Diving for Deep-Sea Coral Critters
Deep-sea coral ecosystems are thriving communities that are a vibrant and integral part of ocean ecosystems. Listen as Christina Kellogg, USGS microbiologist with the DISCOVRE program, explains why these ecosystems are important.
Kara Capelli: You may be familiar with the shallow, colorful coral reefs found in tropical ecosystems. But did you know that similar organisms just as vibrant and diverse are also found hundreds of meters below the sea surface?
I'm here with Christina Kellogg, a research microbiologist with the USGS DISCOVRE program. Christina and other scientists get to travel hundreds of meters down into the ocean to study these organisms. Christina, how do these coral reefs differ from the reefs in tropical ecosystems?
Christina Kellogg: Well, the deep sea is a cold dark high pressure environment. The biggest difference between deep sea corals and shallow water corals is the lack of photosynthesis. Tropical coral reefs thrive because the corals have these photosynthetic algal symbionts, zooxanthellae that help feed them. But deep sea corals since they live in the dark don't have photosynthetic symbionts.
However, in the same way that all people have bacteria in their guts and on their skin without which they aren't healthy, all corals also have bacterial symbionts. And so one of my research questions is determining if the bacteria of deep sea corals play a big role in the coral's health and nutrition because there aren't these algal symbionts to help out.
Christina Kellogg: A lot of the deep sea is sort of flat, featureless, soft- sediment bottom. And deep sea corals whether it's just a solitary one coral or a whole reef, provide complex three-dimensional structure and that serves as a habitat for all kinds of other organisms.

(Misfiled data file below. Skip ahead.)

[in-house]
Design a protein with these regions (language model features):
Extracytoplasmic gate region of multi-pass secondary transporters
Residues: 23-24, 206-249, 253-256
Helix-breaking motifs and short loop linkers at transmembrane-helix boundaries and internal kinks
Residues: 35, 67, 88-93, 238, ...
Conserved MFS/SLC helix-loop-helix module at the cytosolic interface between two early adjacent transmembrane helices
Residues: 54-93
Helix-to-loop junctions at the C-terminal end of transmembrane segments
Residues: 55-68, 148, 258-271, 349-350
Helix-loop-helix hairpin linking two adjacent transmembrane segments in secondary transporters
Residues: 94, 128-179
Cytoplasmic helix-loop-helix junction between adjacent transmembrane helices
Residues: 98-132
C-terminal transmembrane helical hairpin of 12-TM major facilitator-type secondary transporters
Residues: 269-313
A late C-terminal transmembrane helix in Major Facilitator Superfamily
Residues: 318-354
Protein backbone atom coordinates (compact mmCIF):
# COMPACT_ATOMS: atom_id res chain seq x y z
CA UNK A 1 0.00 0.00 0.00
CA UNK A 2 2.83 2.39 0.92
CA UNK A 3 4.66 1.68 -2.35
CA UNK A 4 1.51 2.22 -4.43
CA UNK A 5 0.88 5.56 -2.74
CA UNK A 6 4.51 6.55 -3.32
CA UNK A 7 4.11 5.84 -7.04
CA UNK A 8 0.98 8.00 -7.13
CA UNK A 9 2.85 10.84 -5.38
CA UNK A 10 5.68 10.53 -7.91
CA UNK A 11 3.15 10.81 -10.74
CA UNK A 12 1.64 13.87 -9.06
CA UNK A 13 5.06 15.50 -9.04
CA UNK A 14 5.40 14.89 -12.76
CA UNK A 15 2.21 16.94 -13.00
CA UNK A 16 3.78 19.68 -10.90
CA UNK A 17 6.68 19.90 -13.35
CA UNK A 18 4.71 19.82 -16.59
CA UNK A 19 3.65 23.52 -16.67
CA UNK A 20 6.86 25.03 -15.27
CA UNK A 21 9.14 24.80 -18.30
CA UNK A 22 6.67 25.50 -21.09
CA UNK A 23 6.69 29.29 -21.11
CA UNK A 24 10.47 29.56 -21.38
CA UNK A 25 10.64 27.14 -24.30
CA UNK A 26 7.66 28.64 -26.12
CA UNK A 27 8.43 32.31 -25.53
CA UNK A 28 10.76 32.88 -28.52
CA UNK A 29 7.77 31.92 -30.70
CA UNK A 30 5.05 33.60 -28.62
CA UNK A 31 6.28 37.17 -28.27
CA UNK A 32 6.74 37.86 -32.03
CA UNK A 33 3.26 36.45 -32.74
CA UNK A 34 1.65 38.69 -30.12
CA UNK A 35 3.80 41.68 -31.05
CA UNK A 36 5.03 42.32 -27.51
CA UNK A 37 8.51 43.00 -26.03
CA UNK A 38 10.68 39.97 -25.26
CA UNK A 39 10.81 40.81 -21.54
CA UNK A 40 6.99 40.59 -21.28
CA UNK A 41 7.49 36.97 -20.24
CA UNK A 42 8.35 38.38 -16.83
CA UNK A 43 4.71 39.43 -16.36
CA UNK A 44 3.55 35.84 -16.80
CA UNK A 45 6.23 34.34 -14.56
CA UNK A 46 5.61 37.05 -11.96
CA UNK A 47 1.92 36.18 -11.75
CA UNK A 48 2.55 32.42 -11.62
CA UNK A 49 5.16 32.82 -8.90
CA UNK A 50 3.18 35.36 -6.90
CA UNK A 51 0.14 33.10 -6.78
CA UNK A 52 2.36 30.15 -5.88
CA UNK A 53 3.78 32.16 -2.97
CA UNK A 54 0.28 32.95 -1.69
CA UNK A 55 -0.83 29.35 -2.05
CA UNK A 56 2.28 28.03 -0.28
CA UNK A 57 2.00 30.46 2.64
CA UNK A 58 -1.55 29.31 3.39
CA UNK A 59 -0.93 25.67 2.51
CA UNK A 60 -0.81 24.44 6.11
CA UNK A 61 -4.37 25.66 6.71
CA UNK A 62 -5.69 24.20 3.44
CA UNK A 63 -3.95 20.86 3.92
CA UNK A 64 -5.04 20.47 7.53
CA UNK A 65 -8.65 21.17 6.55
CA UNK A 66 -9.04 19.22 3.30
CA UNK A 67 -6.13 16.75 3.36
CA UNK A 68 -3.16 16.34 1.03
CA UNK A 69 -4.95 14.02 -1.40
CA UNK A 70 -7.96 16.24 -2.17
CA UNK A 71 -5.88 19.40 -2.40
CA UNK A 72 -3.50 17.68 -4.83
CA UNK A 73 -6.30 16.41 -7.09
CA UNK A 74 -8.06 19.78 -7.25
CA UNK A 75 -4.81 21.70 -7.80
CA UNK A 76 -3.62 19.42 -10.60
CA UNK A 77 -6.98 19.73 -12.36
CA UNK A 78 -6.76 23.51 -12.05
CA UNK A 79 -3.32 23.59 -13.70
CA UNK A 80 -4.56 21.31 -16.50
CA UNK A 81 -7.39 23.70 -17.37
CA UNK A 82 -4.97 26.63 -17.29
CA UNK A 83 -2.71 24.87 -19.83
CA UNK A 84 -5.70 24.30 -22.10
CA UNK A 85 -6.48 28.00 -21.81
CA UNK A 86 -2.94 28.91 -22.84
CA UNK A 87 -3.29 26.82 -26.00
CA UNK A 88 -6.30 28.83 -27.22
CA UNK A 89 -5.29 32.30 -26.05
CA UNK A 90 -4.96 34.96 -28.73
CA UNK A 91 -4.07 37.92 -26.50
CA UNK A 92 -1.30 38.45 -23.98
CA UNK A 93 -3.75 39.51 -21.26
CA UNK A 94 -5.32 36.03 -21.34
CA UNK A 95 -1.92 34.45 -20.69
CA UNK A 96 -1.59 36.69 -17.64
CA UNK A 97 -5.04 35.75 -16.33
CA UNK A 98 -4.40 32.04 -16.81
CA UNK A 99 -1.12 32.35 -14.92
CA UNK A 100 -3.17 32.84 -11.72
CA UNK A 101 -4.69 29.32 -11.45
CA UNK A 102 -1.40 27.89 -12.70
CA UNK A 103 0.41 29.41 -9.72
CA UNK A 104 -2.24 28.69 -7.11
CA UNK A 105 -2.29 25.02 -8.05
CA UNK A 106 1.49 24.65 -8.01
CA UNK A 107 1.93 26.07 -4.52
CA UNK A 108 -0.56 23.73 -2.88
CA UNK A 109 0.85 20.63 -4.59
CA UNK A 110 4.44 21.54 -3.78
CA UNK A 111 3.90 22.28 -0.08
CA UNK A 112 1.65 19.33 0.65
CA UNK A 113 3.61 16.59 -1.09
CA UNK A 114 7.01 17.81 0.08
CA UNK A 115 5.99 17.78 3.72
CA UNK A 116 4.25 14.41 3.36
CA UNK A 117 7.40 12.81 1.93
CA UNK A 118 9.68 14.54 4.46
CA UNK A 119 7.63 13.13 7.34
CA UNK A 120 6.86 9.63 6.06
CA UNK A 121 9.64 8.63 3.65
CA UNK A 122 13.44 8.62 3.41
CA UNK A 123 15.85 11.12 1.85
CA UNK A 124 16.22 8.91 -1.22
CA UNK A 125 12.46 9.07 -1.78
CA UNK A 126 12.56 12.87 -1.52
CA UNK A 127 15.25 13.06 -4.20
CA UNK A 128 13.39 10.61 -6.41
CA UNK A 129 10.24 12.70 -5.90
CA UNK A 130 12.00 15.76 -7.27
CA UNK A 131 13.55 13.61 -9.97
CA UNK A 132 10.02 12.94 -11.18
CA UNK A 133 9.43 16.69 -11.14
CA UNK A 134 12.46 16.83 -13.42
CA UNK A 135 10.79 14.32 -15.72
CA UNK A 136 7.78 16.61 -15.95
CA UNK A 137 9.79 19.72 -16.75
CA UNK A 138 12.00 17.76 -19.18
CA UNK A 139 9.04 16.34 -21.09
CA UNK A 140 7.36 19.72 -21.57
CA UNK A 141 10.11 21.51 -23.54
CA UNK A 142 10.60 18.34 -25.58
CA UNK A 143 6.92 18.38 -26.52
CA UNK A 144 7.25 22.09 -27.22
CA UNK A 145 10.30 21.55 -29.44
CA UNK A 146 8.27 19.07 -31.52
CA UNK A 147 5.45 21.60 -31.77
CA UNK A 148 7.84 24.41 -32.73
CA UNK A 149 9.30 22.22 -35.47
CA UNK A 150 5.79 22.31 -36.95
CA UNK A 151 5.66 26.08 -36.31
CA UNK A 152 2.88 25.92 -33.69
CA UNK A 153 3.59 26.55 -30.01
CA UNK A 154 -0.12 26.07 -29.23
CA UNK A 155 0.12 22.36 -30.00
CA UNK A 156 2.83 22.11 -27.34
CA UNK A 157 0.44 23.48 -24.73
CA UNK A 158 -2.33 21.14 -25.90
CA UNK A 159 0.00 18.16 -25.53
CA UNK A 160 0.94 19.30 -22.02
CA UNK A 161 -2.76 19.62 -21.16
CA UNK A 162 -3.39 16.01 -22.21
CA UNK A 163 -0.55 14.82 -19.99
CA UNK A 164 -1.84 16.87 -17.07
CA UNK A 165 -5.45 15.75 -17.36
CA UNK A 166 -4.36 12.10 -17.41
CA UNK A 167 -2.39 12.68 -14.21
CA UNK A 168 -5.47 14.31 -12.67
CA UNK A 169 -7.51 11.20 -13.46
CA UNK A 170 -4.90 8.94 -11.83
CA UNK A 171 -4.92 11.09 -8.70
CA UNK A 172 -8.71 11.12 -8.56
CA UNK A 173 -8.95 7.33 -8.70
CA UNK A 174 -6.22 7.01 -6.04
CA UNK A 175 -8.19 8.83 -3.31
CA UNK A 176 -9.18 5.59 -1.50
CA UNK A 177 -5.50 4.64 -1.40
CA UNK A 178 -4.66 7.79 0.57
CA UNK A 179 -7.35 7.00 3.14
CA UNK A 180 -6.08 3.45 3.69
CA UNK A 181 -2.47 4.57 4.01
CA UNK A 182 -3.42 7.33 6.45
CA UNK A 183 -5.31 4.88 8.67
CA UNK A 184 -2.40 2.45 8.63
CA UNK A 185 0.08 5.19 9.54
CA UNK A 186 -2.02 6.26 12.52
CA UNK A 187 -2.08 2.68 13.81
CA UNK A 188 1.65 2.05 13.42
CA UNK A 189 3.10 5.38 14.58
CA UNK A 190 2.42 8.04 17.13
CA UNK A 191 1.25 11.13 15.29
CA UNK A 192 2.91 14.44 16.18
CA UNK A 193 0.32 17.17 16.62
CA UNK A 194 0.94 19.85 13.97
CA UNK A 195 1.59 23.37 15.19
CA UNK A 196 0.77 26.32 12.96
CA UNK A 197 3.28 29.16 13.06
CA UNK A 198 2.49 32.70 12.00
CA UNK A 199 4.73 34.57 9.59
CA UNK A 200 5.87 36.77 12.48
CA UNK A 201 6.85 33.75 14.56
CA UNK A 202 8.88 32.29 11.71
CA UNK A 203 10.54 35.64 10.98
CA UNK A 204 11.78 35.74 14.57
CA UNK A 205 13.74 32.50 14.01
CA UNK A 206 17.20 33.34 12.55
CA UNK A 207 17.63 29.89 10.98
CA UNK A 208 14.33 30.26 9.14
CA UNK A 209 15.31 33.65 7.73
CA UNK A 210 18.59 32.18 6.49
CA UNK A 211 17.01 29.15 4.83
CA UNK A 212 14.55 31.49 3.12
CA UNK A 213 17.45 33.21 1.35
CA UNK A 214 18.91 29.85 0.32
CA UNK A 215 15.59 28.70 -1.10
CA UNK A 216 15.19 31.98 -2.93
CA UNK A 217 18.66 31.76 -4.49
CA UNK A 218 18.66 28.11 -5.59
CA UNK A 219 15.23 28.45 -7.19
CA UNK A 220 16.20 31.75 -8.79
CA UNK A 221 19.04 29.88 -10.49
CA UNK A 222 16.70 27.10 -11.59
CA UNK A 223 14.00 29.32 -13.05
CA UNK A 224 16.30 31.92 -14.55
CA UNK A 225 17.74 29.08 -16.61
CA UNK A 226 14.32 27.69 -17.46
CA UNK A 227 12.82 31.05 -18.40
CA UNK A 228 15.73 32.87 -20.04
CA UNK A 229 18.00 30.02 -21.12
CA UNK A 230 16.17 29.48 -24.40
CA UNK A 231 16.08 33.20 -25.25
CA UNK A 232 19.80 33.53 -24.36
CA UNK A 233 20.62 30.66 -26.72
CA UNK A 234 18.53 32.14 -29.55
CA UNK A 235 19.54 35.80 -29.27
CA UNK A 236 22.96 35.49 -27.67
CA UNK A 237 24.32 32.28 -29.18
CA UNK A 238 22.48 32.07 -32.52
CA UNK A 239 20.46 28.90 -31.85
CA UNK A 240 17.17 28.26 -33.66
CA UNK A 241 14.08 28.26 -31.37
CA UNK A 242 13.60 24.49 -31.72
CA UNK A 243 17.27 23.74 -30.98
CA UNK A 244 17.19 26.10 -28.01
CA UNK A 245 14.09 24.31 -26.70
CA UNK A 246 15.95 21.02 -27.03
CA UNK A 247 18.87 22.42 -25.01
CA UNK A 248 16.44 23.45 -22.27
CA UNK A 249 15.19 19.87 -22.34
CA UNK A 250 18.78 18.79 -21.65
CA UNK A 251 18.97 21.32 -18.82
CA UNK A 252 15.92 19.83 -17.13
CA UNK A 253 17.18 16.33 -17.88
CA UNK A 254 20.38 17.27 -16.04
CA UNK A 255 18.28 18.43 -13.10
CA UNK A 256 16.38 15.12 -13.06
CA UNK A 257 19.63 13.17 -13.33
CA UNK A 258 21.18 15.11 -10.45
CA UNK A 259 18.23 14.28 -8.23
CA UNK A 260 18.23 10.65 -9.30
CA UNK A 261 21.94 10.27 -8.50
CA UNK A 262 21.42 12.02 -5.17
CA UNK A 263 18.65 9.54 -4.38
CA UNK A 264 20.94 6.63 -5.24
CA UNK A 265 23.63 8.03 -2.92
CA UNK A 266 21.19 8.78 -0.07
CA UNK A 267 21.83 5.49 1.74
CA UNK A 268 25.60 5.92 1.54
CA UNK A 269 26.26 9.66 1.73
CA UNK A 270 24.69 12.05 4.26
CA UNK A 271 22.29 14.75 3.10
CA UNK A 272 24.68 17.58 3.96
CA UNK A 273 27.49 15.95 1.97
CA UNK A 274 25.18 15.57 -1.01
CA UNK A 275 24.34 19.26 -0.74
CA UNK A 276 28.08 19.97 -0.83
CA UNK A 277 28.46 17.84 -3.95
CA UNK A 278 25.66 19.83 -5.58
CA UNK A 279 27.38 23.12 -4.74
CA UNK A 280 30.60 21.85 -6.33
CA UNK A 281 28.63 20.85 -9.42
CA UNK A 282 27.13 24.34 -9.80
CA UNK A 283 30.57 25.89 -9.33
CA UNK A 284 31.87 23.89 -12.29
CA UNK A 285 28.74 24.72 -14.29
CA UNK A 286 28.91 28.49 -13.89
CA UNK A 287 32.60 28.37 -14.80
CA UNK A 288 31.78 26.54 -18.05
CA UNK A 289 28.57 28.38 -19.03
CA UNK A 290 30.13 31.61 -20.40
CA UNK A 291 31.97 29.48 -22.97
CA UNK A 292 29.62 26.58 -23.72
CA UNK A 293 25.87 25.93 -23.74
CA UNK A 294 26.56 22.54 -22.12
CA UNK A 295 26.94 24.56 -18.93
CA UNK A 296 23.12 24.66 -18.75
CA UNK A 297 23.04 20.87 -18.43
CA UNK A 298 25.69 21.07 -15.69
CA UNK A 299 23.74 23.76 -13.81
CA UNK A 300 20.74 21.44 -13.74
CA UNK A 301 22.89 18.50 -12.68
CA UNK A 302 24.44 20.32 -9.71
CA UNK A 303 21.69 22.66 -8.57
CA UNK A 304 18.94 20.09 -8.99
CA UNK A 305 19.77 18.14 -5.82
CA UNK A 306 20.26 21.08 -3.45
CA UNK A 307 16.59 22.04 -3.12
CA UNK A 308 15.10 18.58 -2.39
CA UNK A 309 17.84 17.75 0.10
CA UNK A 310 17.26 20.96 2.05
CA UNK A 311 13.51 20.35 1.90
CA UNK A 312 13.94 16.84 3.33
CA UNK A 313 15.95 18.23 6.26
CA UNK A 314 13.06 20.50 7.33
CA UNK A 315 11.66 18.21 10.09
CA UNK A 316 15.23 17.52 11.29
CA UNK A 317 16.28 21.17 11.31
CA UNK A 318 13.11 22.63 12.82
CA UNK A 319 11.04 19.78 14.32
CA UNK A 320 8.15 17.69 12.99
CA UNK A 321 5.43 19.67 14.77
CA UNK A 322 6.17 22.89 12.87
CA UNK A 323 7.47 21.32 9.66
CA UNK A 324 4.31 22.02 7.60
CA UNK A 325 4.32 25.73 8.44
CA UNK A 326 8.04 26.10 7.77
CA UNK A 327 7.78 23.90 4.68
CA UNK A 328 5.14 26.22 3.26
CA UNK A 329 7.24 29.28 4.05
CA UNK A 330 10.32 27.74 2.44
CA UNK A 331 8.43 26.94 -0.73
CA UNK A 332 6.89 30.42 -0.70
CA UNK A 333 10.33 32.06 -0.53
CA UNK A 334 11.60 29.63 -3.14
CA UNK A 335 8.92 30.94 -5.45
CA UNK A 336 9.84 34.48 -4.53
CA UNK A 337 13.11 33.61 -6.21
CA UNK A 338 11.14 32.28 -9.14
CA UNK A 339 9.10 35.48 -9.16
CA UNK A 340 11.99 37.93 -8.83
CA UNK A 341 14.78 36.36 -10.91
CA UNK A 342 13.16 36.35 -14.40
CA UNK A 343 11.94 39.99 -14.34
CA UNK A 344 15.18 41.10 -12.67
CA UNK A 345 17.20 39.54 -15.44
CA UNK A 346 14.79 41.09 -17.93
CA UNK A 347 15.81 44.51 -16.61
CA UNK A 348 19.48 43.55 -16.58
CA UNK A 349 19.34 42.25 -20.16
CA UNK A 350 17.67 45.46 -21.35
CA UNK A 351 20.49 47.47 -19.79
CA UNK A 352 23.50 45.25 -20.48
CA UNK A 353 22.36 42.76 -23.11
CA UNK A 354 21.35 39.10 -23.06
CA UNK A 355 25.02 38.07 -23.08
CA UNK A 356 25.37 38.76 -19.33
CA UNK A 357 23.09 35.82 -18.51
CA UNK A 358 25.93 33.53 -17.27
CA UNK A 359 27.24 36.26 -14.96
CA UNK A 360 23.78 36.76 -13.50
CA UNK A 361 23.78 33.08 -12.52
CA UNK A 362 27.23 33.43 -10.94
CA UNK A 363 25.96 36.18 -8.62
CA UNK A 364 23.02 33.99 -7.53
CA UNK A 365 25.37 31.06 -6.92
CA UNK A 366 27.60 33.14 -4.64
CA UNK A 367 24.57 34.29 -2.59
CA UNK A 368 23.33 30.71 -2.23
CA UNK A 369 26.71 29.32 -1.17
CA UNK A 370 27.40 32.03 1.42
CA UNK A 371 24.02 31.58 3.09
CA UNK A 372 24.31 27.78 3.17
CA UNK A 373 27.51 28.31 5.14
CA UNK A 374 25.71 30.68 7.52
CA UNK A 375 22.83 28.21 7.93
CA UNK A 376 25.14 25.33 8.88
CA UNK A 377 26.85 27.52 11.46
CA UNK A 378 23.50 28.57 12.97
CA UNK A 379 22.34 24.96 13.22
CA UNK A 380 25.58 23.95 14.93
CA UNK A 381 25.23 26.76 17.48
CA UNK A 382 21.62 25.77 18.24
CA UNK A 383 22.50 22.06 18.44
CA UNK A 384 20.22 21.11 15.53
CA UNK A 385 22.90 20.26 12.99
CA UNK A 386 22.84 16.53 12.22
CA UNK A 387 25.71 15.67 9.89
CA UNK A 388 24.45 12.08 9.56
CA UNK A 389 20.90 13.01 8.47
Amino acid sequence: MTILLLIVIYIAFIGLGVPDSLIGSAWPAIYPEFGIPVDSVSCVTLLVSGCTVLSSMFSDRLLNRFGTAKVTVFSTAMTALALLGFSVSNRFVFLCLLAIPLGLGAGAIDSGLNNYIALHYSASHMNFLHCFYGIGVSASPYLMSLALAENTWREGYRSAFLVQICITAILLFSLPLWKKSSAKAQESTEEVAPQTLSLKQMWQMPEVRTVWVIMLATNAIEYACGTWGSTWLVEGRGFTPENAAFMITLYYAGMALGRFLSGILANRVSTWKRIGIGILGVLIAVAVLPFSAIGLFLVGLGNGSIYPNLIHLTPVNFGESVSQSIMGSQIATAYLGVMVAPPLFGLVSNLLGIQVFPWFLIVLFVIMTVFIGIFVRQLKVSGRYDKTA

For example, these reefs provide habitat for juvenile fish of a bunch of commercially important species. And these reefs just become centers of biodiversity in the deep sea because the structure attracts and supports thousands of other species; fish, crabs, snails, worms, sponges, and not to name counting the microorganism that are associated with all that stuff.
Kara Capelli: Why is it important to understand how deep sea organisms interact?
Christina Kellogg: Well, it might sound cliche, but everything really is connected. If you're down there trying to just study one thing, inevitably it links to something else. I'm studying coral-associated bacteria because we don't understand how the coral interacts with its microbial symbionts. We're missing an important part of the corals total basic biology.
And if we don't know how to handle the coral's biology, and if the keystone habitat forming species in this ecosystem, then at some point we really don't even understand the ecosystem. Another example are food webs. There's thousands of species found on deep reefs that are connected from the tiniest bacteria and up to the biggest fish by who's eating who and that controls the flow of energy and carbon within the whole ecosystem.
In many cases where these deep reefs seem to be is connected to surface levels of high productivity because certainly if there's high productivity at the surface eventually particles rain down and that provide food for the ecosystem from the bottom. So, there's definitely connections both from top to bottom and then in terms of say fish from bottom to top.
Kara Capelli: Besides being an important part of ocean ecosystems, what other value do these coral reefs have?
Christina Kellogg: I think we are still discovering the answers to that question. One example is that some of these deep sea corals can live hundreds to thousands of years and their skeleton preserve a record of past climate condition in ocean chemistry.
Essentially there is an archive that lets us look into the past. Another example is that their sources of noble biodiversity. So, bacteria and vertebrates from extreme environments are often sources of unique natural compound that might be developed into pharmaceuticals or even enzymes or other biotechnical compound.
Kara Capelli: Christina, thank you so much for being here.
Christina Kellogg: Sure, you bet.
Kara Capelli: This podcast is a product of the US Geological Survey, Department of the Interior. Thanks for listening.